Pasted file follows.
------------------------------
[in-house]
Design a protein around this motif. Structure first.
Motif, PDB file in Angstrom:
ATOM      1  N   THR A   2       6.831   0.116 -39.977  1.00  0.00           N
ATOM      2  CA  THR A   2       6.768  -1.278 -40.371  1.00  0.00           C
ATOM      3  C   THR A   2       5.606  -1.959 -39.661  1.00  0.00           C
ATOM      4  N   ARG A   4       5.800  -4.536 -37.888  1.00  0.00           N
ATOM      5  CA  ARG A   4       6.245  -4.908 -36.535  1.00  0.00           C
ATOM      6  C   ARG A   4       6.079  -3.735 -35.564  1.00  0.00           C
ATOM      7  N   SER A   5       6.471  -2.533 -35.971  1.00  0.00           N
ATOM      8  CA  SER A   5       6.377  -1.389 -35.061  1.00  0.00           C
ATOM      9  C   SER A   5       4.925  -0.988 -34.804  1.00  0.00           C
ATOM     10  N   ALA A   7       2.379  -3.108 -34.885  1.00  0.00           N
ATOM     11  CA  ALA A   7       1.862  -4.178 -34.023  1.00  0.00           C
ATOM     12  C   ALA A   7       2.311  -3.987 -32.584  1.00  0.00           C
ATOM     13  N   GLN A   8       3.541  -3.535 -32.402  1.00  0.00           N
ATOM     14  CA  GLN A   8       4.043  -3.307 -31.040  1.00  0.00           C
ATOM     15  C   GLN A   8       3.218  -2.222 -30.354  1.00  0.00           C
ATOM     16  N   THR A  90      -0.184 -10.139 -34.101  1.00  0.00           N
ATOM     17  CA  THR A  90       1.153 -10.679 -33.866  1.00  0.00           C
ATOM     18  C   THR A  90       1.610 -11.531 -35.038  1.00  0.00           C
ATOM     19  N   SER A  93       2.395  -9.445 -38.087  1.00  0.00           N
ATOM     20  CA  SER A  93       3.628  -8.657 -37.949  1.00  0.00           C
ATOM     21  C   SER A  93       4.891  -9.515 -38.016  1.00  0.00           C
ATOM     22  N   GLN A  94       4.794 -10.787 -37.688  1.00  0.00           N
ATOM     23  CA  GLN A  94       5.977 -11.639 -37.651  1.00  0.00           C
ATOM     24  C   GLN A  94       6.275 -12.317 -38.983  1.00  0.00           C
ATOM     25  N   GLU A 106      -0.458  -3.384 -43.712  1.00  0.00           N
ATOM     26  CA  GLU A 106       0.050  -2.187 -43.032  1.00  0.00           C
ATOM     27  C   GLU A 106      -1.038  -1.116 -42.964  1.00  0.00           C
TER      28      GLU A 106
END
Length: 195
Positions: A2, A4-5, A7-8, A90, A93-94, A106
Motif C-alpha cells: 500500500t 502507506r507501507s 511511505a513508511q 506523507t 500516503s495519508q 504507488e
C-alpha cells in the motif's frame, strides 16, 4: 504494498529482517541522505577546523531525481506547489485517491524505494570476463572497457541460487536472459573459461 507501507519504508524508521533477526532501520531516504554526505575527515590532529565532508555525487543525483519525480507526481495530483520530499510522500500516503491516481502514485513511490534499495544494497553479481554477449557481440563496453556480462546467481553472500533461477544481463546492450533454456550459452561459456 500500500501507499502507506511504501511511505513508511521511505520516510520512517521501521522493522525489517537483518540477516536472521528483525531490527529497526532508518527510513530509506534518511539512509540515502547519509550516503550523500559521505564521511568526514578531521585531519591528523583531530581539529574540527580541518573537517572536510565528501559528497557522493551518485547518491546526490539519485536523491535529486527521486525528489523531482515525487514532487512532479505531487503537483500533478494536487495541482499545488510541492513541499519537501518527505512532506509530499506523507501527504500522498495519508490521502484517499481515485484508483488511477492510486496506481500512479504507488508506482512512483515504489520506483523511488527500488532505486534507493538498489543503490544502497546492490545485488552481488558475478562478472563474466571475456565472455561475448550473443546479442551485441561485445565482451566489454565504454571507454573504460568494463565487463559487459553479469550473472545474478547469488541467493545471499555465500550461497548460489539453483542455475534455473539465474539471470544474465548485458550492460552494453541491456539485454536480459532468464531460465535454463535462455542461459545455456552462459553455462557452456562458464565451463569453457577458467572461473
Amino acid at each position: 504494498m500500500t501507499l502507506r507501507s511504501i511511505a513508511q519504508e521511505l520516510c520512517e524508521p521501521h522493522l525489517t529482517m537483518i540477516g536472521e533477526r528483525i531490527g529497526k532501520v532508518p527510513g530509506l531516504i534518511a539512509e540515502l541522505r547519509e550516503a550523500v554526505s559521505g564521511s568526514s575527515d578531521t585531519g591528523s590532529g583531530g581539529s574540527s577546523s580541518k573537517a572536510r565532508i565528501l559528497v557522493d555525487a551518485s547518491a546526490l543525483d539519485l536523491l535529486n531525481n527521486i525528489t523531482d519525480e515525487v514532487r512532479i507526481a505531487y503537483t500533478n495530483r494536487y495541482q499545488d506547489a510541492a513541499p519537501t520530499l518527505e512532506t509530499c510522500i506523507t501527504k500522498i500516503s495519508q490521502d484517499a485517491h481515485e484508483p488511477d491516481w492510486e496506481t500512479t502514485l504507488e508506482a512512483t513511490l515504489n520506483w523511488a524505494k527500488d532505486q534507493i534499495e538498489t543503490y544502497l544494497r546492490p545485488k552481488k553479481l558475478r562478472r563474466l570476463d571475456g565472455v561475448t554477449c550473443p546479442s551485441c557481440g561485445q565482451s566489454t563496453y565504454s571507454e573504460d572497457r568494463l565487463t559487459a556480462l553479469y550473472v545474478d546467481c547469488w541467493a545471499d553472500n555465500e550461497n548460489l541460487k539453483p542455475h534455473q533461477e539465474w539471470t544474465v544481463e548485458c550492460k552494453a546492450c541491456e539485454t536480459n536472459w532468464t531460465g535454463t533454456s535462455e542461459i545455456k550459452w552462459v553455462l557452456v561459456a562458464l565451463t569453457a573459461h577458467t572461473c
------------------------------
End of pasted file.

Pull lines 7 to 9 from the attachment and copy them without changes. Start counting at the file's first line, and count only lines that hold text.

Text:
ATOM      4  N   ARG A   4       5.800  -4.536 -37.888  1.00  0.00           N
ATOM      5  CA  ARG A   4       6.245  -4.908 -36.535  1.00  0.00           C
ATOM      6  C   ARG A   4       6.079  -3.735 -35.564  1.00  0.00           C